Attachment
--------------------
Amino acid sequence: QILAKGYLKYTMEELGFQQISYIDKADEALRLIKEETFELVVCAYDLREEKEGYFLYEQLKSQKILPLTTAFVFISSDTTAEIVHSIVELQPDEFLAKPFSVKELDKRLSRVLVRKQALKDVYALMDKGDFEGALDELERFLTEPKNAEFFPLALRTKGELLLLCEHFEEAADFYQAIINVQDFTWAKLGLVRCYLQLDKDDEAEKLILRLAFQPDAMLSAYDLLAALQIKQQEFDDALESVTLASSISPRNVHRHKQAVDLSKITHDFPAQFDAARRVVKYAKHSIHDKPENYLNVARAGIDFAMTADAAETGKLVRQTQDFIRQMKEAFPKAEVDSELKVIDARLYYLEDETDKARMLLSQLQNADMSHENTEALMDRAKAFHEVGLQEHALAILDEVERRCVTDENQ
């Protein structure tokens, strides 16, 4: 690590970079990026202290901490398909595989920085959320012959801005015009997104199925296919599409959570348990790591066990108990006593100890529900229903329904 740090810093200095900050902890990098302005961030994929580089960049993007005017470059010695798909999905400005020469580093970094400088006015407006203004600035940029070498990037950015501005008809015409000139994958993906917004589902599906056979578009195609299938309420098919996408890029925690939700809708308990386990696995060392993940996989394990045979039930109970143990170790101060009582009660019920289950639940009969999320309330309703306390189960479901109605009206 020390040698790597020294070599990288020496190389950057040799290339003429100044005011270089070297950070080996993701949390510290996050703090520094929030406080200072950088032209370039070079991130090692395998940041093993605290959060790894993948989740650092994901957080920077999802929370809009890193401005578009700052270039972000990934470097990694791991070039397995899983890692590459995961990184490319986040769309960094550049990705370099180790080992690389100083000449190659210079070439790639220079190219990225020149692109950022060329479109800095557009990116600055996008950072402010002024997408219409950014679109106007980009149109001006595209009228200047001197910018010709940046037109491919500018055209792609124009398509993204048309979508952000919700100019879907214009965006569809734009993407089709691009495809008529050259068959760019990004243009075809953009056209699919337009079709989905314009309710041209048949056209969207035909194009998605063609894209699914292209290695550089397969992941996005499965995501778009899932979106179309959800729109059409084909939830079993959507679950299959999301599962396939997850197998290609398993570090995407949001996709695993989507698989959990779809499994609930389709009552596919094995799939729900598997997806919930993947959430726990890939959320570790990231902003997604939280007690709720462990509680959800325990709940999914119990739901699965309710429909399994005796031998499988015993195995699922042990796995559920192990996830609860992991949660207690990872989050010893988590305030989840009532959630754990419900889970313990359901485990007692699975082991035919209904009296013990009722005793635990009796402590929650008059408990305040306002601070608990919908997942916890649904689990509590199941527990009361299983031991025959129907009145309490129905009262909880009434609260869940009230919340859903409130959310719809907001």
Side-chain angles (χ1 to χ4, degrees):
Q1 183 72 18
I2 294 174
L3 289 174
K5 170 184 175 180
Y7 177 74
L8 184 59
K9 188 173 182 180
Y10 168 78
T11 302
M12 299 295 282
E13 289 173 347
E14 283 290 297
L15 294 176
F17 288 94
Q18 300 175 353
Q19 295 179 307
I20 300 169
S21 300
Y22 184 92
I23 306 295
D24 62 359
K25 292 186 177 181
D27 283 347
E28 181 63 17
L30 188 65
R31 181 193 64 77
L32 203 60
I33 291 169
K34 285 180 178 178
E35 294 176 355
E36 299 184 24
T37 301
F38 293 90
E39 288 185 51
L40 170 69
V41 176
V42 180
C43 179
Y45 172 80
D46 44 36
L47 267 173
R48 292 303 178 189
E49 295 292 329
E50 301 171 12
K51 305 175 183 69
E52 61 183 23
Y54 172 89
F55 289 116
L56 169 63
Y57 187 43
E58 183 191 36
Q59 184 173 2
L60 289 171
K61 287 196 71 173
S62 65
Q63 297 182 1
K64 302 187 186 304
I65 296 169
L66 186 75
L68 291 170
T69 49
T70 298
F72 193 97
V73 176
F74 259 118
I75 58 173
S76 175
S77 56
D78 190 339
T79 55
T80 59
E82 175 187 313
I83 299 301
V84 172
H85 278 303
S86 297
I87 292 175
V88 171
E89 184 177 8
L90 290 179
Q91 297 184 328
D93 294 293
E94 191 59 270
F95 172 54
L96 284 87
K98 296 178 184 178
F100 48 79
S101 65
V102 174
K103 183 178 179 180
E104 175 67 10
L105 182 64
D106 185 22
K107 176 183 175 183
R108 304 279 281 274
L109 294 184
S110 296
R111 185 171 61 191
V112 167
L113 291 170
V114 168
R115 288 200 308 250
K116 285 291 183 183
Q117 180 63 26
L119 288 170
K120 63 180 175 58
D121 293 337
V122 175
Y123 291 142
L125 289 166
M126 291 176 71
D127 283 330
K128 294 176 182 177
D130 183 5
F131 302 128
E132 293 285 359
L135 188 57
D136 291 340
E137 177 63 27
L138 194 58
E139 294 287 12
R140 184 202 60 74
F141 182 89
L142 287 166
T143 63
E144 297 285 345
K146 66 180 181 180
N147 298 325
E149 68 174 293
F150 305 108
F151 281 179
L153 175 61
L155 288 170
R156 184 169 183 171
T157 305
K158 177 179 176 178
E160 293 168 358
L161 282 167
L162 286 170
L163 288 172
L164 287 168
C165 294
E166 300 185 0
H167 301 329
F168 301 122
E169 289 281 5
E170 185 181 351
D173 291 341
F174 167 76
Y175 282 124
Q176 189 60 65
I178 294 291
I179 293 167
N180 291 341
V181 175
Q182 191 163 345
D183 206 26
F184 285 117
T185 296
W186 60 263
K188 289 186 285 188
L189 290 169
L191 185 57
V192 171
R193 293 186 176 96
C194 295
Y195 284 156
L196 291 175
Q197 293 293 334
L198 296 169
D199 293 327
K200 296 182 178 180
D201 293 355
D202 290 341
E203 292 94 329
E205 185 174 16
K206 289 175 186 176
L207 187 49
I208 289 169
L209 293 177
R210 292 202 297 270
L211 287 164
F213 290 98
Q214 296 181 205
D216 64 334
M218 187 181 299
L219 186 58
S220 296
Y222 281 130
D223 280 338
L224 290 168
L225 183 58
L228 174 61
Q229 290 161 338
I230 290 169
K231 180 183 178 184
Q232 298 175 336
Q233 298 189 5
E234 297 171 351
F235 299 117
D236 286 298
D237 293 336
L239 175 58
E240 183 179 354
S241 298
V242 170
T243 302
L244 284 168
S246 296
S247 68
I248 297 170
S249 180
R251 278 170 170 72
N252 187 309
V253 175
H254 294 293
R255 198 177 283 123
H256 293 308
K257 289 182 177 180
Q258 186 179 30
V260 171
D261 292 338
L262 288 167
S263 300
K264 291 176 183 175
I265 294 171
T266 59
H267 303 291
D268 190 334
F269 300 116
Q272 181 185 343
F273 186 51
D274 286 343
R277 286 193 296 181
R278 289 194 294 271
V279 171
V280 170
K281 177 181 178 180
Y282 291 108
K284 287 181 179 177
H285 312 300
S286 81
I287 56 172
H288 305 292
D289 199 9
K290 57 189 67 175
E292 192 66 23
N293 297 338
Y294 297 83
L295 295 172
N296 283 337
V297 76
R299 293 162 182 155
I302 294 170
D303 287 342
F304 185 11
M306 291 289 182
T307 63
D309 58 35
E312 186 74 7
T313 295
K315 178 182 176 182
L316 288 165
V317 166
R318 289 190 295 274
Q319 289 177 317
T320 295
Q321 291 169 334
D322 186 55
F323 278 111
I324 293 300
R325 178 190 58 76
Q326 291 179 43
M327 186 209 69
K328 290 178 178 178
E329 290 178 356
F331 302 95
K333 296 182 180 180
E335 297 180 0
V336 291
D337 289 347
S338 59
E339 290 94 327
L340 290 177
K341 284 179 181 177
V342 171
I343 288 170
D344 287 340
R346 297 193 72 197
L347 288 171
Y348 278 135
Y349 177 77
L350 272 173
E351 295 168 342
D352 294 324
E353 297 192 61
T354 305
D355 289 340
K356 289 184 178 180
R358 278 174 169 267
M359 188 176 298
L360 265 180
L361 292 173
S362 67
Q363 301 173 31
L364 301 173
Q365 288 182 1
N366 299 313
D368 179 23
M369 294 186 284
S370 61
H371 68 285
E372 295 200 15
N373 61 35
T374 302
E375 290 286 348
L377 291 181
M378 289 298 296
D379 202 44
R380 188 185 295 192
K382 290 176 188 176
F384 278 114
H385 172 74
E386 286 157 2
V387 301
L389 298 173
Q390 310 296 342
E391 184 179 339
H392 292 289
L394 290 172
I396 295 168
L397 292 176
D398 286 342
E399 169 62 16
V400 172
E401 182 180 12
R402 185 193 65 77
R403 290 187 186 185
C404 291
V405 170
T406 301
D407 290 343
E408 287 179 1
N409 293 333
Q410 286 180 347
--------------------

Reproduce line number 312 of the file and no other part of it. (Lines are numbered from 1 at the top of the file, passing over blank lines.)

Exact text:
D368 179 23